Culture

Social movements are emotionally charged. All politics are. Whether one is campaigning door to door for a candidate or rioting in the streets, there are emotional undercurrents beneath every political action. The way those feelings inform what activists do, how they organize, how they sustain themselves, how they come into or leave movements, has not been explored enough in popular discussion of social movements.

M. Dehn

Shit My Friends Say was created by Mickey Dehn during a manic upswing of Spring 2011. The subject matter covers topics such as: teapots, football, politics, and queer culture. Mickey has had no formal artistic training. (If you missed the sarcasm of the last statement, you probably won't get the cartoons either). Enjoy :]

 

M. Dehn

Shit My Friends Say was created by Mickey Dehn during a manic upswing of Spring 2011. The subject matter covers topics such as: teapots, football, politics, and queer culture. Mickey has had no formal artistic training. (If you missed the sarcasm of the last statement, you probably won't get the cartoons either). Enjoy :]

Unpublished Letter to the Editor of Baltimore OUTloud, addressing their coverage of the tragic murder of young transwoman, Shelley Hilliard, on November 10th, 2011.

Shit My Friends Say was created by Mickey Dehn during a manic upswing of Spring 2011. The subject matter covers topics such as: teapots, football, politics, and queer culture. Mickey has had no formal artistic training. (If you missed the sarcasm of the last statement, you probably won't get the cartoons either). Enjoy :]

On October 18, The New York Times published the article, “At the Protests, the Message Lacks a Melody.”#[i] In the piece, author James C. McKinley Jr. asks us, “Where have all the protest songs gone?” Citing Occupy Wall Street and the movement it has inspired, McKinley suggests that we “have yet to find an anthem”.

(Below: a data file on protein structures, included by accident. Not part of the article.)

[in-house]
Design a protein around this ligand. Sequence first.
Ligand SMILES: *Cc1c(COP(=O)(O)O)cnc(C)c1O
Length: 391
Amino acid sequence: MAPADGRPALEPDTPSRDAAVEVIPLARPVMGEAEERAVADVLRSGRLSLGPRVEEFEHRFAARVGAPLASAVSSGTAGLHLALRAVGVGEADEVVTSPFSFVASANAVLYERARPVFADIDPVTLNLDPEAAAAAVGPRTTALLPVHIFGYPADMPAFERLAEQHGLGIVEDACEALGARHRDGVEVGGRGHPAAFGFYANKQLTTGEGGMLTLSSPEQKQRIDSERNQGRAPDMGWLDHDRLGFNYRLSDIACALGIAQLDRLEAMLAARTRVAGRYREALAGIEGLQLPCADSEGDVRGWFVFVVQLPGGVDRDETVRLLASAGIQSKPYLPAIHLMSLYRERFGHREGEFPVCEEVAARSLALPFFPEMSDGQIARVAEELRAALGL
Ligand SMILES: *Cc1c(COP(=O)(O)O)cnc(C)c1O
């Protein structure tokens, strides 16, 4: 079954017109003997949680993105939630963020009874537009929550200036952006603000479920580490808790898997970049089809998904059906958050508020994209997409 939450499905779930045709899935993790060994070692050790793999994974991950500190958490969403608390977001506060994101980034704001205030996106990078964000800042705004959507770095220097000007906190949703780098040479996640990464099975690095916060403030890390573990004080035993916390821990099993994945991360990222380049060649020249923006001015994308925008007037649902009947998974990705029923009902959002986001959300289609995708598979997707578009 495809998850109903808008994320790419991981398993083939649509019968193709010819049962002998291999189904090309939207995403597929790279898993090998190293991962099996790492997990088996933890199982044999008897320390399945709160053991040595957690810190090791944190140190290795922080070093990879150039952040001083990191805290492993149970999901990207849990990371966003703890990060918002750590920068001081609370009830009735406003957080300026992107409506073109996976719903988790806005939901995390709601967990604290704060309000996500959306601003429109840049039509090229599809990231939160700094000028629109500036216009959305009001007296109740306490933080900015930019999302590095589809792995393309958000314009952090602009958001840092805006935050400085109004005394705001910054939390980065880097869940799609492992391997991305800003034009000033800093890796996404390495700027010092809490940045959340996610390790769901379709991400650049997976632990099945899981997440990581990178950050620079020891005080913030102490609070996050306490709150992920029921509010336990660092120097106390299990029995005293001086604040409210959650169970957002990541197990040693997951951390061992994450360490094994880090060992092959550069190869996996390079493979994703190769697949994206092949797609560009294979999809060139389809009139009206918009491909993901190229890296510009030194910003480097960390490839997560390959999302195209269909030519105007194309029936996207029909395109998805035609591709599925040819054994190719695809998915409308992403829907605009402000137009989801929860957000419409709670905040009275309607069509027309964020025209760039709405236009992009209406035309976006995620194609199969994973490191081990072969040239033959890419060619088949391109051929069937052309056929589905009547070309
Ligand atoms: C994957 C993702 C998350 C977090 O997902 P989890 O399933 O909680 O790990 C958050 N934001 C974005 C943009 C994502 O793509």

CLICK HERE TO SIGN THE LETTER

 

To the Baltimore Development Corporation, We, the undersigned authors and endorsers of this letter, feel that it is time to have a little talk.

This article has come in multiple drafts and stages. As the #occupy movement quickly jumps tracks, escalates, evolves/devolves, and potentially transforms itself, so have viewpoints. This story began as a basic overview of a Queer Camp entitled “Mortville”, shifting to a transcription of an interview with the camp inhabitants, then turning into a postmodern ramble seeped in metaphor, and preceding this version, it had been an attempt at “objective journalistic” critique.

Indyreader caught up with community activist, Reverend Heber Brown, at the end of the Stop the Youth Jail march this last Tuesday. He spoke on some of Baltimore's fundamental issues that the majority of the city's population faces, as well as positives and potential challenges that the growing Occupation Movement may have within the city. 

 

 

 

 

Several dozen people participated in an economic crisis teach-in at McKeldin Park, the site of Occupy Baltimore.

Activist and academic, Lester Spence, spoke on the relationship of neoliberalism and the black community, and Joel Andreas spoke on the economy, militarism and imperialism.

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